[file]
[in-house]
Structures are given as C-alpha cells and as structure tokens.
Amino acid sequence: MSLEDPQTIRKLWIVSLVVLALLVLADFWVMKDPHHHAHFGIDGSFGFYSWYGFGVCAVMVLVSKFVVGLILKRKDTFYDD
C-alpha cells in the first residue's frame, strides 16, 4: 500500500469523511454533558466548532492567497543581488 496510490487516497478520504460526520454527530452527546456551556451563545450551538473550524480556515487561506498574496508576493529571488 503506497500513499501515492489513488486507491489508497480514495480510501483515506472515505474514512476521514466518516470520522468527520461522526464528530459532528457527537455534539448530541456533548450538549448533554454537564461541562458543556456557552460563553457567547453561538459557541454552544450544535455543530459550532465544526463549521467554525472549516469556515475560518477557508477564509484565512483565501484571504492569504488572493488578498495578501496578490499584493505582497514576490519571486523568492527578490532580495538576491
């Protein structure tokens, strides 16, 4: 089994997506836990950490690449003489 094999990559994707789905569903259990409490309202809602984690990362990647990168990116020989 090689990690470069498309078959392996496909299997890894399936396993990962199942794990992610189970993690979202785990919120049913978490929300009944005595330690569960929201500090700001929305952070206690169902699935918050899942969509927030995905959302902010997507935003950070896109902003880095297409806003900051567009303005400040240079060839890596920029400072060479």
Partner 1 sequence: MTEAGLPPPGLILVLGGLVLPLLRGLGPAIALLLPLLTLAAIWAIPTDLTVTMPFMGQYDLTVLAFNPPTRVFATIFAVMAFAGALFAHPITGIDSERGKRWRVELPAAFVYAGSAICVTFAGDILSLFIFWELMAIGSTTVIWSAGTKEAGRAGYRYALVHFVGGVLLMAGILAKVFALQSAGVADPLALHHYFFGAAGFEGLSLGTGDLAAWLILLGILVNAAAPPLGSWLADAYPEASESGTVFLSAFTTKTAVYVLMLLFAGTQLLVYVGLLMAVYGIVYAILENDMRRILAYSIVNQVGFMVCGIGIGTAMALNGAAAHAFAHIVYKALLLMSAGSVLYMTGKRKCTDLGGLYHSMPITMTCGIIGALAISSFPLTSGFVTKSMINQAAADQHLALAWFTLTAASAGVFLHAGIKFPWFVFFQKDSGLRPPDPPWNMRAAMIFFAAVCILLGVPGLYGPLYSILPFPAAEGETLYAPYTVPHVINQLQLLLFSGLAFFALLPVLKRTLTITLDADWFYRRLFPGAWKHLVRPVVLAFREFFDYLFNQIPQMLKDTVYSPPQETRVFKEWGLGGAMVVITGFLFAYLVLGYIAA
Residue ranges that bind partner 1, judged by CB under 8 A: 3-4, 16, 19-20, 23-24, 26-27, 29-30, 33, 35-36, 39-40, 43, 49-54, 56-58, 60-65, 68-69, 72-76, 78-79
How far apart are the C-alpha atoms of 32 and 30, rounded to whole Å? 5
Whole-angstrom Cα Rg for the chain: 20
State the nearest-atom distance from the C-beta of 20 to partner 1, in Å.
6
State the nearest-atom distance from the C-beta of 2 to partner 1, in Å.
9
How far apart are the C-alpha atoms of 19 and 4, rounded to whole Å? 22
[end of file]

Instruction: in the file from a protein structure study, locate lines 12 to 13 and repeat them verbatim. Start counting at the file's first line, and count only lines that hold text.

State the nearest-atom distance from the C-beta of 2 to partner 1, in Å.
9